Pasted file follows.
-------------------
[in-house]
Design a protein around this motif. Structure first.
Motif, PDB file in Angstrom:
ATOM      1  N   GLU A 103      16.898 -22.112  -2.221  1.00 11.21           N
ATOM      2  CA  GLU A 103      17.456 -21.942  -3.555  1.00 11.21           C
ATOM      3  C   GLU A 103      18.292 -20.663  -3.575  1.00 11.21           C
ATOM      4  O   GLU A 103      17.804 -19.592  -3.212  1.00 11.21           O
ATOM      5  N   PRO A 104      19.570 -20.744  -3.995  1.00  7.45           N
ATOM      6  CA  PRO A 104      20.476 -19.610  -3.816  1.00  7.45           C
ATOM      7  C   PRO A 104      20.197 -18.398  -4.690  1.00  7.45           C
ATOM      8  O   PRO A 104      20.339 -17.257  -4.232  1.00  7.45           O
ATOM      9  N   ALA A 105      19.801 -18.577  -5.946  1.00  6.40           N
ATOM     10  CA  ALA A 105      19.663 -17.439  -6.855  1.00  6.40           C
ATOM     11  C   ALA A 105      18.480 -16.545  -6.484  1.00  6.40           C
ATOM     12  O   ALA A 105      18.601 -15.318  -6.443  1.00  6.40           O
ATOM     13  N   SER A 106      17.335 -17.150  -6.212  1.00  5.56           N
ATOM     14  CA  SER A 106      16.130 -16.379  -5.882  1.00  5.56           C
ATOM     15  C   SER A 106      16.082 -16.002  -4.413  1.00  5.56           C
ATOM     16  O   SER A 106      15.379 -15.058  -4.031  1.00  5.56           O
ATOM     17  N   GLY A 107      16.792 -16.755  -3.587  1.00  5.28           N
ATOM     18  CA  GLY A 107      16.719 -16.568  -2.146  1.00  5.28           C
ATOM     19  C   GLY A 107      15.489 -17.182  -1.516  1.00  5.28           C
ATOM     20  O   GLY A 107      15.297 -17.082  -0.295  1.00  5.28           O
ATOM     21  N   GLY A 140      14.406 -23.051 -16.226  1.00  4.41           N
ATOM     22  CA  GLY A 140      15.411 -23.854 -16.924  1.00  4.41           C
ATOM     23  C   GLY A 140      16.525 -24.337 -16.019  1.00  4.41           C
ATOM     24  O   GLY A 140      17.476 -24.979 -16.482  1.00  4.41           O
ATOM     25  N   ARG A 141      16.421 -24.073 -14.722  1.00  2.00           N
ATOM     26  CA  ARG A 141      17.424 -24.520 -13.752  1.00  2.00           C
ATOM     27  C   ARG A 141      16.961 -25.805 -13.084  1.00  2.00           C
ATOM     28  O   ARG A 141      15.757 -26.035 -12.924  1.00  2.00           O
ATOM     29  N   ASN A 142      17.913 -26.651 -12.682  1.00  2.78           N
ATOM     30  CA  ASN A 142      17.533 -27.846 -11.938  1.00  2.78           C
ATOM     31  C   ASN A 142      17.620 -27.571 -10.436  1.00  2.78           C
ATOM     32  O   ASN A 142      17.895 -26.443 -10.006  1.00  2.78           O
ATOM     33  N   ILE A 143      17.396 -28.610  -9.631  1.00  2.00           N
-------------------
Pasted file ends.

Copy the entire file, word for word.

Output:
[in-house]
Design a protein around this motif. Structure first.
Motif, PDB file in Angstrom:
ATOM      1  N   GLU A 103      16.898 -22.112  -2.221  1.00 11.21           N
ATOM      2  CA  GLU A 103      17.456 -21.942  -3.555  1.00 11.21           C
ATOM      3  C   GLU A 103      18.292 -20.663  -3.575  1.00 11.21           C
ATOM      4  O   GLU A 103      17.804 -19.592  -3.212  1.00 11.21           O
ATOM      5  N   PRO A 104      19.570 -20.744  -3.995  1.00  7.45           N
ATOM      6  CA  PRO A 104      20.476 -19.610  -3.816  1.00  7.45           C
ATOM      7  C   PRO A 104      20.197 -18.398  -4.690  1.00  7.45           C
ATOM      8  O   PRO A 104      20.339 -17.257  -4.232  1.00  7.45           O
ATOM      9  N   ALA A 105      19.801 -18.577  -5.946  1.00  6.40           N
ATOM     10  CA  ALA A 105      19.663 -17.439  -6.855  1.00  6.40           C
ATOM     11  C   ALA A 105      18.480 -16.545  -6.484  1.00  6.40           C
ATOM     12  O   ALA A 105      18.601 -15.318  -6.443  1.00  6.40           O
ATOM     13  N   SER A 106      17.335 -17.150  -6.212  1.00  5.56           N
ATOM     14  CA  SER A 106      16.130 -16.379  -5.882  1.00  5.56           C
ATOM     15  C   SER A 106      16.082 -16.002  -4.413  1.00  5.56           C
ATOM     16  O   SER A 106      15.379 -15.058  -4.031  1.00  5.56           O
ATOM     17  N   GLY A 107      16.792 -16.755  -3.587  1.00  5.28           N
ATOM     18  CA  GLY A 107      16.719 -16.568  -2.146  1.00  5.28           C
ATOM     19  C   GLY A 107      15.489 -17.182  -1.516  1.00  5.28           C
ATOM     20  O   GLY A 107      15.297 -17.082  -0.295  1.00  5.28           O
ATOM     21  N   GLY A 140      14.406 -23.051 -16.226  1.00  4.41           N
ATOM     22  CA  GLY A 140      15.411 -23.854 -16.924  1.00  4.41           C
ATOM     23  C   GLY A 140      16.525 -24.337 -16.019  1.00  4.41           C
ATOM     24  O   GLY A 140      17.476 -24.979 -16.482  1.00  4.41           O
ATOM     25  N   ARG A 141      16.421 -24.073 -14.722  1.00  2.00           N
ATOM     26  CA  ARG A 141      17.424 -24.520 -13.752  1.00  2.00           C
ATOM     27  C   ARG A 141      16.961 -25.805 -13.084  1.00  2.00           C
ATOM     28  O   ARG A 141      15.757 -26.035 -12.924  1.00  2.00           O
ATOM     29  N   ASN A 142      17.913 -26.651 -12.682  1.00  2.78           N
ATOM     30  CA  ASN A 142      17.533 -27.846 -11.938  1.00  2.78           C
ATOM     31  C   ASN A 142      17.620 -27.571 -10.436  1.00  2.78           C
ATOM     32  O   ASN A 142      17.895 -26.443 -10.006  1.00  2.78           O
ATOM     33  N   ILE A 143      17.396 -28.610  -9.631  1.00  2.00           N